While there is uncertainty for inter-county players amid doubts over the start dates and formats for the new season due to the continued impact of the Covid-19 pandemic, GAA referees are also somewhat in the dark about the weeks and months to come.
Speaking to RTÉ's Morning Ireland, David Gough touched on the current state of play for officials.
"It's not been easy. Each lockdown has brought a different level of anxiety around when we were going to get back out," he said.
"And it's hard to stay motivated and to stay fit. Unlike inter-county teams we don't have the facilities to meet the same way twice a week or more when normality sort of resumes.
"So even having to train on our own is nothing new to us. But with no prospect of matches in sight and a smaller number of matches, it has been very difficult for referees to stay motivated.
"But Croke Park, in fairness to them, were not set up for online learning this time last year, but they have moved very quick and they are keeping us up to date as best they can and having small seminars, clips and offering bits and pieces of advice, along with training schedules.
Today marks 10 years since I 'Came Out' to my family - when I couldn't even say the words 'I am gay'. A decade later & the journey has been truly remarkable, from wristbands & rainbowlaces, to @officialgaa walking for the 1st time in @DublinPride Thanks for all your support ????? pic.twitter.com/HLn8GbOohT— David Gough (@goughd4) January 31, 2021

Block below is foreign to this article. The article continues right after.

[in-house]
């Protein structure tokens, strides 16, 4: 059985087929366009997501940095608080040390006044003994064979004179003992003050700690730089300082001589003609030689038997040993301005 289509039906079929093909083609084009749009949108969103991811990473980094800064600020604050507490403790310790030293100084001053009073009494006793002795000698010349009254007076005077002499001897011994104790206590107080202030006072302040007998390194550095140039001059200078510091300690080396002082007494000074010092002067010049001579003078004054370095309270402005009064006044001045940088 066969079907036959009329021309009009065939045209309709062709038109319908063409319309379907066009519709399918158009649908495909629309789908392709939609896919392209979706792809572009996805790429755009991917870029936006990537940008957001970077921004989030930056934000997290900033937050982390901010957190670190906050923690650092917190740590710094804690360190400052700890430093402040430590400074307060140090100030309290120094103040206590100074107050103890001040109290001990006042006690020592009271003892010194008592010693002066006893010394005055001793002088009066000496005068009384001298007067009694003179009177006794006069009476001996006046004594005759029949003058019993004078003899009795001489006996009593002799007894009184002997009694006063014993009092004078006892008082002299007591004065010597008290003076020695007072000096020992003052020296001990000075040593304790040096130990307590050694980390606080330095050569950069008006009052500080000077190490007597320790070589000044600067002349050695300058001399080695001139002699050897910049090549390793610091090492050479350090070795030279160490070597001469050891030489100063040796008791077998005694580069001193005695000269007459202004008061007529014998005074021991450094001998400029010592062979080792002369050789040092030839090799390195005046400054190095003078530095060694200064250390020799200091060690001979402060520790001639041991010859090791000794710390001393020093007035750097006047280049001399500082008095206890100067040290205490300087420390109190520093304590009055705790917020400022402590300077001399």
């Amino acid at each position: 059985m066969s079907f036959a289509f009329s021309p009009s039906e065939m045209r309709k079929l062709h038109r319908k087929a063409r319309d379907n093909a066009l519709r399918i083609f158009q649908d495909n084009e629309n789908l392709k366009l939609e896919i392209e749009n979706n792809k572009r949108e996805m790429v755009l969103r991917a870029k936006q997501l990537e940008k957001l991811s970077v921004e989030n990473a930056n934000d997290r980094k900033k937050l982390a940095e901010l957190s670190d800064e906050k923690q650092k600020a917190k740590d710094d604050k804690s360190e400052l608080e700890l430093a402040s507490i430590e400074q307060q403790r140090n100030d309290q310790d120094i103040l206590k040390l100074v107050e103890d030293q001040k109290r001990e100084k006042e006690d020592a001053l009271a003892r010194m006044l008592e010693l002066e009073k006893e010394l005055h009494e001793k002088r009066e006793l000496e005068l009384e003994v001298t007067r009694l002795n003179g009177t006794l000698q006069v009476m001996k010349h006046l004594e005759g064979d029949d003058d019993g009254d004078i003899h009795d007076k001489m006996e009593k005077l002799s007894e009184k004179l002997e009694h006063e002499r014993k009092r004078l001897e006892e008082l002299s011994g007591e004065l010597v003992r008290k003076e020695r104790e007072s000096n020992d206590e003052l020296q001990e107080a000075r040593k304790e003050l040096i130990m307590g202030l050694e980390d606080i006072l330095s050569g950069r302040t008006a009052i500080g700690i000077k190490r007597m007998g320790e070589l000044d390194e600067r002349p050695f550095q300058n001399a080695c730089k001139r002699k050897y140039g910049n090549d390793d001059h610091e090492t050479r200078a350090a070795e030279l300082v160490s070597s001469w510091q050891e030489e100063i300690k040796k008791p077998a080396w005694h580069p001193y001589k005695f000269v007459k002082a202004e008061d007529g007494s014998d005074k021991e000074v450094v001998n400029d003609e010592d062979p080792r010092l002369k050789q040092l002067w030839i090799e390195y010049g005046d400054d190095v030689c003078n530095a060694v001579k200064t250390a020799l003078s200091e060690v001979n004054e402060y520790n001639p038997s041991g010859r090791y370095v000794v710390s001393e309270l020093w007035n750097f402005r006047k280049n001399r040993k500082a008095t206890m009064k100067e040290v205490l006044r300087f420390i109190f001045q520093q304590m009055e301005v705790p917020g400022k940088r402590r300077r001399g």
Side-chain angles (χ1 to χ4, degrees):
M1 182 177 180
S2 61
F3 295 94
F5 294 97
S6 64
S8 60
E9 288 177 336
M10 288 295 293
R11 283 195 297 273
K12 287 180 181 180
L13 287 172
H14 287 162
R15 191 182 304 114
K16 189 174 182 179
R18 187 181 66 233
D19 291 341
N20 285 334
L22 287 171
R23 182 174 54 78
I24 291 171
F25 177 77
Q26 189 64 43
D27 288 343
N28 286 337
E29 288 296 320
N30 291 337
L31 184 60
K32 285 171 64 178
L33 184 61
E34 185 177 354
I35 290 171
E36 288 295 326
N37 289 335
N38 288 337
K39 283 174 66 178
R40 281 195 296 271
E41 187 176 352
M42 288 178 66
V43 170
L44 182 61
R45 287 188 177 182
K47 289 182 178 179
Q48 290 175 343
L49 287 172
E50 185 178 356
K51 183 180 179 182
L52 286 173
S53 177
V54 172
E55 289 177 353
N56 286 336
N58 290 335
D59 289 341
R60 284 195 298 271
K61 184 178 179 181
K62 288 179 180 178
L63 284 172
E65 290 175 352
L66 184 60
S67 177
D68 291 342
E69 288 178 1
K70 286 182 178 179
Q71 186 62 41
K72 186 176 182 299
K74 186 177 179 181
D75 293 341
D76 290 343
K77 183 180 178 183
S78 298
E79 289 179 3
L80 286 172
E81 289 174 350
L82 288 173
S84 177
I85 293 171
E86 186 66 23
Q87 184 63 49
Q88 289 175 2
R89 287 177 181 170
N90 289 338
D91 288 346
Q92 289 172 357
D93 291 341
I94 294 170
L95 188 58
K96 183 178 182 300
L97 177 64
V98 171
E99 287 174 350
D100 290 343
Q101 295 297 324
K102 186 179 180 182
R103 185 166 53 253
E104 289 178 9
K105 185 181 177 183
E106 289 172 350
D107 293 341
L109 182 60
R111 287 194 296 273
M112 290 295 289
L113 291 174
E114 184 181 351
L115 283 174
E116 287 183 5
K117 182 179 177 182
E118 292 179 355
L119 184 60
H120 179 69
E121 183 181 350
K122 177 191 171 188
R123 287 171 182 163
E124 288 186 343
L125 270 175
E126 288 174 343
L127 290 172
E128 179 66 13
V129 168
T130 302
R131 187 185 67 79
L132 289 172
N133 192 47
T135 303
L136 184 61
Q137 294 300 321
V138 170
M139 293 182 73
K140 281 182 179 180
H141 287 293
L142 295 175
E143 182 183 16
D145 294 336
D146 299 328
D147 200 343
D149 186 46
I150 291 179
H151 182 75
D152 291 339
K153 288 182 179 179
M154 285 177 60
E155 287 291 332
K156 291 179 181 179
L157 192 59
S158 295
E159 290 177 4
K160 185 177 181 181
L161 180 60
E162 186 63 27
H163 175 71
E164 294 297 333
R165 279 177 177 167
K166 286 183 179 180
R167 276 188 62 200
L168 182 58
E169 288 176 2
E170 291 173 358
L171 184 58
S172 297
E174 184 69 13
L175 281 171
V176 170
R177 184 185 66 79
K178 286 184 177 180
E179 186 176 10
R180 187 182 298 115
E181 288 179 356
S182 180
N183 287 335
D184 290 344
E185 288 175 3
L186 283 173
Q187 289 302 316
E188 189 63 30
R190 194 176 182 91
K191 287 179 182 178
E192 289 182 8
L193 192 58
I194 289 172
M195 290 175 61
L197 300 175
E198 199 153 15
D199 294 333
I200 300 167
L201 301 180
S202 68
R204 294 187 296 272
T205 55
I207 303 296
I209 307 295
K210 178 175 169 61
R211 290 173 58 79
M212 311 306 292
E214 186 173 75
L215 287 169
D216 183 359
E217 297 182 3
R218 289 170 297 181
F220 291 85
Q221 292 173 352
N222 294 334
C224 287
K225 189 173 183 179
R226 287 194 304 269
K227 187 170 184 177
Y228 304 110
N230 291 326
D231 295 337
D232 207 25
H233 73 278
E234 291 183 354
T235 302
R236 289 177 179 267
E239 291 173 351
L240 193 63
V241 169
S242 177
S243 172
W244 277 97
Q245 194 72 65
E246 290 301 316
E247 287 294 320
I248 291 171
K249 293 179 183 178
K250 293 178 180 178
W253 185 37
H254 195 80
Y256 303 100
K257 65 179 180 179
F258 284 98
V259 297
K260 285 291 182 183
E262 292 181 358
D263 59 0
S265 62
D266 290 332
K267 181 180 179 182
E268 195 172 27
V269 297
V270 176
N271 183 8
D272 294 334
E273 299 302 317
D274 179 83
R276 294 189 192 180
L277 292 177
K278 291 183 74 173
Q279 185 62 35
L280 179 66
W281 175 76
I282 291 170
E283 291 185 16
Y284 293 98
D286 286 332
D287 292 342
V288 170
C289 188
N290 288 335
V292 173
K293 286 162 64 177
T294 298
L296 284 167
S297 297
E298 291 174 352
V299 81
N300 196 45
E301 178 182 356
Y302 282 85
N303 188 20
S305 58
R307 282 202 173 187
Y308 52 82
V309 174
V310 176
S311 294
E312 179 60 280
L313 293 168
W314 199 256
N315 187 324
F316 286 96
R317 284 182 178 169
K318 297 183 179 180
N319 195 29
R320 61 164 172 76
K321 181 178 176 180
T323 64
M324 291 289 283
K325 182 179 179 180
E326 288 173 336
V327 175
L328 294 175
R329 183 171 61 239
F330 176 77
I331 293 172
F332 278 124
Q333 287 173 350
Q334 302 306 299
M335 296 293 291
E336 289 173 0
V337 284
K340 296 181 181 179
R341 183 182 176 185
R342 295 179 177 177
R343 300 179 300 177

"So the help is there for us. It's just the motivation can be quite difficult to come by at the moment."
The Meath official also spoke about marking 10 years since coming out to his family.
"I relived that day yesterday with my mum over the phone when we spoke about it," he said.
"She called me and she's always very cognisant of that date. I remember Sunday evening, the 31st of January in 2011, calling my family into the kitchen at home in Slane - my mum, my dad and my older brother - to have that conversation with them.
"It had taken me almost four years to come to terms with my journey and my sexuality and to build up the confidence to speak about it to them.
"And I suppose, I had that very irrational fear that most people would have that they were somehow going to be treated differently or disappoint their family by telling them this news.
"I couldn't even say the words to them that I was gay. I had to say that I had a partner and that 'his name was'. It was met with a bit of silence and shock and I didn't know what was going through their minds.
"What I didn't know then that I know now was that they had to go on their own personal journey to deal with it as well and I'm very happy to say that it didn't take them the four years to go on their journey the same way it took me and I've never looked back."